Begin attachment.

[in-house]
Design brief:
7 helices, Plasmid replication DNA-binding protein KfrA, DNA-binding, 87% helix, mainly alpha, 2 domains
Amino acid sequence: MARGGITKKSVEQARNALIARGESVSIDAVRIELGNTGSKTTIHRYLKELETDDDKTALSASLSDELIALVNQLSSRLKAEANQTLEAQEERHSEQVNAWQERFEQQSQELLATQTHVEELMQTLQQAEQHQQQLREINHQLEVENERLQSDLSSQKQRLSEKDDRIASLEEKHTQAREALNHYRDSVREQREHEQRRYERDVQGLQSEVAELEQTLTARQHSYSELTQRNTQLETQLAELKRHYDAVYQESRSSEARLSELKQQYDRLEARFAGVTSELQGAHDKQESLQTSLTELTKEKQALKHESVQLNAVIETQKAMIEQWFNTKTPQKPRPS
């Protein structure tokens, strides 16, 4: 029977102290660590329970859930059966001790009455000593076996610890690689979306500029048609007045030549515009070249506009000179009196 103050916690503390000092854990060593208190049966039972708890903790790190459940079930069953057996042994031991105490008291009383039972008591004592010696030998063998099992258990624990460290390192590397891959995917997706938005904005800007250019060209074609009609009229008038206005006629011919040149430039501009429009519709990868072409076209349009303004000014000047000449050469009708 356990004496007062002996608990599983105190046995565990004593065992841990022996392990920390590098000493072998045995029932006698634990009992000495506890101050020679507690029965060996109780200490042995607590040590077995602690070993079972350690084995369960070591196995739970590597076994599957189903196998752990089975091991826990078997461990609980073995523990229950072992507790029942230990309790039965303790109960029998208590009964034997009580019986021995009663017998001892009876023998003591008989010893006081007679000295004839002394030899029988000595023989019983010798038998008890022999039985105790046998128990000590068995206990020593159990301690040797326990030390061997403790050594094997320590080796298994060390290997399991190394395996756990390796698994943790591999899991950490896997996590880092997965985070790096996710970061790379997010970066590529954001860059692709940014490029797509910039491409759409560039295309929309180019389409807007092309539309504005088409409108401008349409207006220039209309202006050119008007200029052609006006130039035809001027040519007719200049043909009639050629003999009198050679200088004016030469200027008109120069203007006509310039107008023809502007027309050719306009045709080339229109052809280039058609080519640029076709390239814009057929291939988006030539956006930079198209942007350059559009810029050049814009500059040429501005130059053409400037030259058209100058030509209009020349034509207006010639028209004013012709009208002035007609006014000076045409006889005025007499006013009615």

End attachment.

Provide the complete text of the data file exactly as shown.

[in-house]
Design brief:
7 helices, Plasmid replication DNA-binding protein KfrA, DNA-binding, 87% helix, mainly alpha, 2 domains
Amino acid sequence: MARGGITKKSVEQARNALIARGESVSIDAVRIELGNTGSKTTIHRYLKELETDDDKTALSASLSDELIALVNQLSSRLKAEANQTLEAQEERHSEQVNAWQERFEQQSQELLATQTHVEELMQTLQQAEQHQQQLREINHQLEVENERLQSDLSSQKQRLSEKDDRIASLEEKHTQAREALNHYRDSVREQREHEQRRYERDVQGLQSEVAELEQTLTARQHSYSELTQRNTQLETQLAELKRHYDAVYQESRSSEARLSELKQQYDRLEARFAGVTSELQGAHDKQESLQTSLTELTKEKQALKHESVQLNAVIETQKAMIEQWFNTKTPQKPRPS
């Protein structure tokens, strides 16, 4: 029977102290660590329970859930059966001790009455000593076996610890690689979306500029048609007045030549515009070249506009000179009196 103050916690503390000092854990060593208190049966039972708890903790790190459940079930069953057996042994031991105490008291009383039972008591004592010696030998063998099992258990624990460290390192590397891959995917997706938005904005800007250019060209074609009609009229008038206005006629011919040149430039501009429009519709990868072409076209349009303004000014000047000449050469009708 356990004496007062002996608990599983105190046995565990004593065992841990022996392990920390590098000493072998045995029932006698634990009992000495506890101050020679507690029965060996109780200490042995607590040590077995602690070993079972350690084995369960070591196995739970590597076994599957189903196998752990089975091991826990078997461990609980073995523990229950072992507790029942230990309790039965303790109960029998208590009964034997009580019986021995009663017998001892009876023998003591008989010893006081007679000295004839002394030899029988000595023989019983010798038998008890022999039985105790046998128990000590068995206990020593159990301690040797326990030390061997403790050594094997320590080796298994060390290997399991190394395996756990390796698994943790591999899991950490896997996590880092997965985070790096996710970061790379997010970066590529954001860059692709940014490029797509910039491409759409560039295309929309180019389409807007092309539309504005088409409108401008349409207006220039209309202006050119008007200029052609006006130039035809001027040519007719200049043909009639050629003999009198050679200088004016030469200027008109120069203007006509310039107008023809502007027309050719306009045709080339229109052809280039058609080519640029076709390239814009057929291939988006030539956006930079198209942007350059559009810029050049814009500059040429501005130059053409400037030259058209100058030509209009020349034509207006010639028209004013012709009208002035007609006014000076045409006889005025007499006013009615």